Patilio later went undercover in the villainess White Rabbit's gang on behalf of the police, which brought him into conflict with his son, who, as the Frog-Man, tried to take down the White Rabbit. Patilio ultimately defeated the White Rabbit with the help of his son and got a reward that considerably eased his financial worries.[8]

When the White Rabbit reappeared, she teamed up with the Walrus to create mayhem which would not stop until the Frog-Man surrendered to her. Spider-Man went after the two. Meanwhile, Vincent ordered Eugene to stay at home while he donned a revamped version of his costume, announced himself as the Frog-Man and joined Spider-Man. However, Eugene also donned his own costume and joined the struggle, and the trio managed to stop the criminals.[9]

Currently, Patilio remains retired from supervillainy.

Buford Lange[edit]

Leap-Frog II
Publication information
PublisherMarvel Comics
First appearanceDaredevil (vol. 2) #16
Created byBrian Michael Bendis
David W. Mack
In-story information
AbilitiesExoskeleton frog suit grants:
Enhanced strength and agility
Internal padding for impacts
Computer-guided system for leaping accuracy
Ability to leap great distances

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Buford Lange is an abusive father who lived in Hell's Kitchen with his wife Allison and their autistic son Timmy. He stumbled upon an abandoned Leap-Frog costume and began a short-lived criminal career by robbing small businesses. Lange fought Daredevil on a rooftop only to be electrocuted by Timmy, who did not want to see his hero, Daredevil, hurt. Lange fell off the rooftop and into a garbage truck on the street below.[10]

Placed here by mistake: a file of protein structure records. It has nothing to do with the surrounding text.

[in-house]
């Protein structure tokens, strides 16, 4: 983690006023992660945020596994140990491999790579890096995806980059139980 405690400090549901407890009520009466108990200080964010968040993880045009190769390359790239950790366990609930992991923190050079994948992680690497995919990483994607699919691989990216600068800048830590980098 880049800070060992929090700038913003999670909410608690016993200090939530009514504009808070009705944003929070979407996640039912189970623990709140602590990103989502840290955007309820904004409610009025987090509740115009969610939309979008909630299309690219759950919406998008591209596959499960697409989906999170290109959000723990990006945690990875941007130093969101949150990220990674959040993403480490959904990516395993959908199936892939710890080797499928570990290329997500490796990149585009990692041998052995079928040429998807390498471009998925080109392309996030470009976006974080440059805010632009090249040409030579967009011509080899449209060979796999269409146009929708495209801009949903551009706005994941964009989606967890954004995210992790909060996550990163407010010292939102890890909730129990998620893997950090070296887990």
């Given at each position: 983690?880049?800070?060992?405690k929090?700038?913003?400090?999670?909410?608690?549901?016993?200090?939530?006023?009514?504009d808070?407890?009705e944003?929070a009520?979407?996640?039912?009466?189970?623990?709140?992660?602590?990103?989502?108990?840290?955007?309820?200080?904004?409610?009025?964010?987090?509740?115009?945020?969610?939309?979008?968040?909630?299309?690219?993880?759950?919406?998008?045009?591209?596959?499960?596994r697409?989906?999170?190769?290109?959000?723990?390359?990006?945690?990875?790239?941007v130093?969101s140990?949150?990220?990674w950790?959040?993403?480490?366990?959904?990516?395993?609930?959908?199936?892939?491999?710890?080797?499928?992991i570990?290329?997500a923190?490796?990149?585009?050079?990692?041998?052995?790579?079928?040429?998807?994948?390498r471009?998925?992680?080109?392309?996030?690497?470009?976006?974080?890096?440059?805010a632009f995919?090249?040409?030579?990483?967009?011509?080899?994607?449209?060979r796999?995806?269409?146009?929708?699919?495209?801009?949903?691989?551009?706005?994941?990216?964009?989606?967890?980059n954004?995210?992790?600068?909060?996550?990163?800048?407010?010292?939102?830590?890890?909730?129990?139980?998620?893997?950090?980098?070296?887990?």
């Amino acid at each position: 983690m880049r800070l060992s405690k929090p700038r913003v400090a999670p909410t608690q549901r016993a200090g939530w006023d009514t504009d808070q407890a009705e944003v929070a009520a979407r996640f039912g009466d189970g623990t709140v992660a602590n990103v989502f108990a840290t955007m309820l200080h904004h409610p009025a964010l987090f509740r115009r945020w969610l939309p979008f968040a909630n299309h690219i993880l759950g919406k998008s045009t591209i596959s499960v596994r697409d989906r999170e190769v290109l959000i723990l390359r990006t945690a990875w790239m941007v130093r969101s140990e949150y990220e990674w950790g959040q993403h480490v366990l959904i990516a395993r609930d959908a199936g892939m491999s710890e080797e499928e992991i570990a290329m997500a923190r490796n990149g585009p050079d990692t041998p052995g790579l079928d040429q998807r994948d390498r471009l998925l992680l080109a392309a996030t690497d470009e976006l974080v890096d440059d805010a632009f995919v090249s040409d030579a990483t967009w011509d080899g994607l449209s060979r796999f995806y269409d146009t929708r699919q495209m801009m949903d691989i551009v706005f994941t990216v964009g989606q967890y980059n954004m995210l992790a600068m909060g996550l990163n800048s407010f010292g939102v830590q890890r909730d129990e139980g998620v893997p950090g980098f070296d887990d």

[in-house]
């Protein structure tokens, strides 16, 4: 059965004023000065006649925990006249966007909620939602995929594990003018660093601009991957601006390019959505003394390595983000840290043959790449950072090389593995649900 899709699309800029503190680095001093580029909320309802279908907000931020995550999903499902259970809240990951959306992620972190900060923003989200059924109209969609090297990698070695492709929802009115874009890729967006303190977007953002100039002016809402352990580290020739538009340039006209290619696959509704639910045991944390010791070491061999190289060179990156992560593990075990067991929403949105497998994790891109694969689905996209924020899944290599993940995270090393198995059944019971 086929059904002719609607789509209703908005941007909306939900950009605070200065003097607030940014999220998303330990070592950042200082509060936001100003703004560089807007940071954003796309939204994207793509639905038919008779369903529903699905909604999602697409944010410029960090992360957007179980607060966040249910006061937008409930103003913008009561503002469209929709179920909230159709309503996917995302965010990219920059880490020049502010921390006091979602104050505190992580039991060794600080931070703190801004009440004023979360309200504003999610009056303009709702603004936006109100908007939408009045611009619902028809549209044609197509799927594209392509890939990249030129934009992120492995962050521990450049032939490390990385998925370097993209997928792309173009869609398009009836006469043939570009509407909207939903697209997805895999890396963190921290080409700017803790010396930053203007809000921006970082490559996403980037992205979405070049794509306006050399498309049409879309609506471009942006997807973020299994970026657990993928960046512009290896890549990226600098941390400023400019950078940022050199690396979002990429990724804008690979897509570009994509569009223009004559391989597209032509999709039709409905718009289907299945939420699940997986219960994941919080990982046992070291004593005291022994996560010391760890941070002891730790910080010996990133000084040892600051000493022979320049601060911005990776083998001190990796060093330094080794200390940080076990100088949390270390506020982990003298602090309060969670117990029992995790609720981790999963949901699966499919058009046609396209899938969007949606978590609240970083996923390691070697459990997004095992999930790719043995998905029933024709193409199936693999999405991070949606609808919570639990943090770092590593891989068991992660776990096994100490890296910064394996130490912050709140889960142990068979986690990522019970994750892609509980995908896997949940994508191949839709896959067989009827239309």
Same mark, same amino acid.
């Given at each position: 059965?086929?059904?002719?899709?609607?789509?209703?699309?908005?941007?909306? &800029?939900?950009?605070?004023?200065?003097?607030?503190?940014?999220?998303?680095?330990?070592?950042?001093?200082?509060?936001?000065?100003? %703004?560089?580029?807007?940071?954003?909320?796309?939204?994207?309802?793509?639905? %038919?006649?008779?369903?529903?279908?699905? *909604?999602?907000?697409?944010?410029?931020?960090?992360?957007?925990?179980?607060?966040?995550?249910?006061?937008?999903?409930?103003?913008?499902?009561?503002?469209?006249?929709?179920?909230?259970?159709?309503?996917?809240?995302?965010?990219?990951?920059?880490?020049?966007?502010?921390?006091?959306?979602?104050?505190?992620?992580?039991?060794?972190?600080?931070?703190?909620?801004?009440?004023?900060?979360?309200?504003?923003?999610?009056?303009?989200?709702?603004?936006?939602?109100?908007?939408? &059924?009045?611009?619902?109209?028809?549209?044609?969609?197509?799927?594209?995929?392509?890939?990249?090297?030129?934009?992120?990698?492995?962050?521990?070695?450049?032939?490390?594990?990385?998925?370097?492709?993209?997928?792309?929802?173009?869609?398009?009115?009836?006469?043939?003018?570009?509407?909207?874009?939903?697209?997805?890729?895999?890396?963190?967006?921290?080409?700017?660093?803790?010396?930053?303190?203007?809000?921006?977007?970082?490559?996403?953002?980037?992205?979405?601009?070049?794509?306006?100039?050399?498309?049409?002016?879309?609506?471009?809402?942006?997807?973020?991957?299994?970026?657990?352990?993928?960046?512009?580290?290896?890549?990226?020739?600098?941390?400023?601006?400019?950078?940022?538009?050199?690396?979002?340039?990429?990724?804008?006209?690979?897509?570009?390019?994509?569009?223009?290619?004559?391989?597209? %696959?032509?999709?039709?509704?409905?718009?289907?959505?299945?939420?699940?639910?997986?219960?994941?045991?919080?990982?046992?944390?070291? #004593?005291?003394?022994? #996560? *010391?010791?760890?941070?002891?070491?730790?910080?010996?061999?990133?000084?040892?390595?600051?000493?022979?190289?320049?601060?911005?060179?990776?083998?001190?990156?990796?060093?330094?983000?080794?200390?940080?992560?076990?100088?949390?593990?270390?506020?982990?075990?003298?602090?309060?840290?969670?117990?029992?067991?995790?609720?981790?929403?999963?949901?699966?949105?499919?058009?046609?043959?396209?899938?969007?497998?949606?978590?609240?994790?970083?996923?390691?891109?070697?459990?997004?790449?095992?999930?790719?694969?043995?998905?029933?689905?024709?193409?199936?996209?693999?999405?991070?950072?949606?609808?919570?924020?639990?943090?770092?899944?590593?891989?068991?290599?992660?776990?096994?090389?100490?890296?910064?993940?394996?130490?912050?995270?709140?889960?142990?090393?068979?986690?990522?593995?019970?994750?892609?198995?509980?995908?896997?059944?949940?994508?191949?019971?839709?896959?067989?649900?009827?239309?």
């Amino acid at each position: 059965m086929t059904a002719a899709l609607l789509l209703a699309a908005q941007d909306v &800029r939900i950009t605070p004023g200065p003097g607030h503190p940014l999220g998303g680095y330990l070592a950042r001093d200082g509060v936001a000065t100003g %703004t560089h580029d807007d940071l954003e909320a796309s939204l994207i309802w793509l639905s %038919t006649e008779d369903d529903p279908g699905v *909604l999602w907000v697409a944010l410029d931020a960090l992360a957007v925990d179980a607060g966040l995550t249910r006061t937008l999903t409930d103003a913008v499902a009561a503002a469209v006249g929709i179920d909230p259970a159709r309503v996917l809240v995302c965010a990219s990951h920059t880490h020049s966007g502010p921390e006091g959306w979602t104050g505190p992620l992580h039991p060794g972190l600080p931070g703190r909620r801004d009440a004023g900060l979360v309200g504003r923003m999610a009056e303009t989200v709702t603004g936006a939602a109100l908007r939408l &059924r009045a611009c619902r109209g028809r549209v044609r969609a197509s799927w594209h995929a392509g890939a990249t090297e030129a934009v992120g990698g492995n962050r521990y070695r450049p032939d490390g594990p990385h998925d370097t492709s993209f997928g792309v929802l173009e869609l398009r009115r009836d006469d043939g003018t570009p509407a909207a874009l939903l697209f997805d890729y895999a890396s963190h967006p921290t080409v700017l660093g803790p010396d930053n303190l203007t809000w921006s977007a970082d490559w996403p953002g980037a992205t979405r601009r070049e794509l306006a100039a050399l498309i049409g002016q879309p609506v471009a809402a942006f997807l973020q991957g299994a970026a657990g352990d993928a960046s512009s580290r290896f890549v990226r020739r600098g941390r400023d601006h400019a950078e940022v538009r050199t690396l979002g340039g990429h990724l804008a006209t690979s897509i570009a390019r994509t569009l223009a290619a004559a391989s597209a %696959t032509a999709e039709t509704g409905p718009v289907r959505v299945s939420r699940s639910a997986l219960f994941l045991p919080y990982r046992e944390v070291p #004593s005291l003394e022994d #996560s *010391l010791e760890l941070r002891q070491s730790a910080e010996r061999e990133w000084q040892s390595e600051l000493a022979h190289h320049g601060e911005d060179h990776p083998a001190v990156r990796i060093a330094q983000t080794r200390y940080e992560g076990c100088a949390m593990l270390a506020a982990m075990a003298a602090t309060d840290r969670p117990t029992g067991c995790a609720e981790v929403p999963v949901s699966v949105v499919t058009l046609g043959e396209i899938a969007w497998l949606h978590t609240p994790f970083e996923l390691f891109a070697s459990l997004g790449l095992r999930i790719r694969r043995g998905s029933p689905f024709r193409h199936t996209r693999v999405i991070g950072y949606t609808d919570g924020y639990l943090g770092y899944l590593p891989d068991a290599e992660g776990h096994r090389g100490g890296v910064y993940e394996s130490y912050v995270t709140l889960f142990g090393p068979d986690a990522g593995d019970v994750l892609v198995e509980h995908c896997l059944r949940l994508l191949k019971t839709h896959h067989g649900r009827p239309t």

He was resurrected by the Hand and joined an assault on the S.H.I.E.L.D. helicarrier, which resulted in its destruction. He was then killed again by Wolverine, as were most of the supervillains and superheroes the Hand were using in the attack.[11]

Powers and abilities[edit]

The Leap-Frog has no superpowers, but wears an exoskeleton frog suit that gives him enhanced strength and agility. The suit is also equipped with electrically powered leaping coils that allow him to reach a height of six stories per jump. The boots' power source is worn on his back like a backpack. His suit also has an internal padding to protect him from impacts and a computer-guided system for leaping accuracy.


  1. DeFalco, Tom; Sanderson, Peter; Brevoort, Tom; Teitelbaum, Michael; Wallace, Daniel; Darling, Andrew; Forbeck, Matt; Cowsill, Alan; Bray, Adam (2019). The Marvel Encyclopedia. DK Publishing. p. 210. ISBN 978-1-4654-7890-0. Search this book on Amazon.com Logo.png
  2. Official Handbook of the Marvel Universe Deluxe Edition #4: Frog-Man/Marvel Knights
  3. Daredevil #25-26
  4. Daredevil Annual #1
  5. Iron Man #126-127
  6. Official Handbook of the Marvel Universe 2006 #4
  7. Marvel Team-Up #121
  8. Marvel Team-Up #131
  9. Spectacular Spider-Man #185
  10. Daredevil (vol. 2) #16-19
  11. Wolverine (vol. 3) #26-27

External links[edit]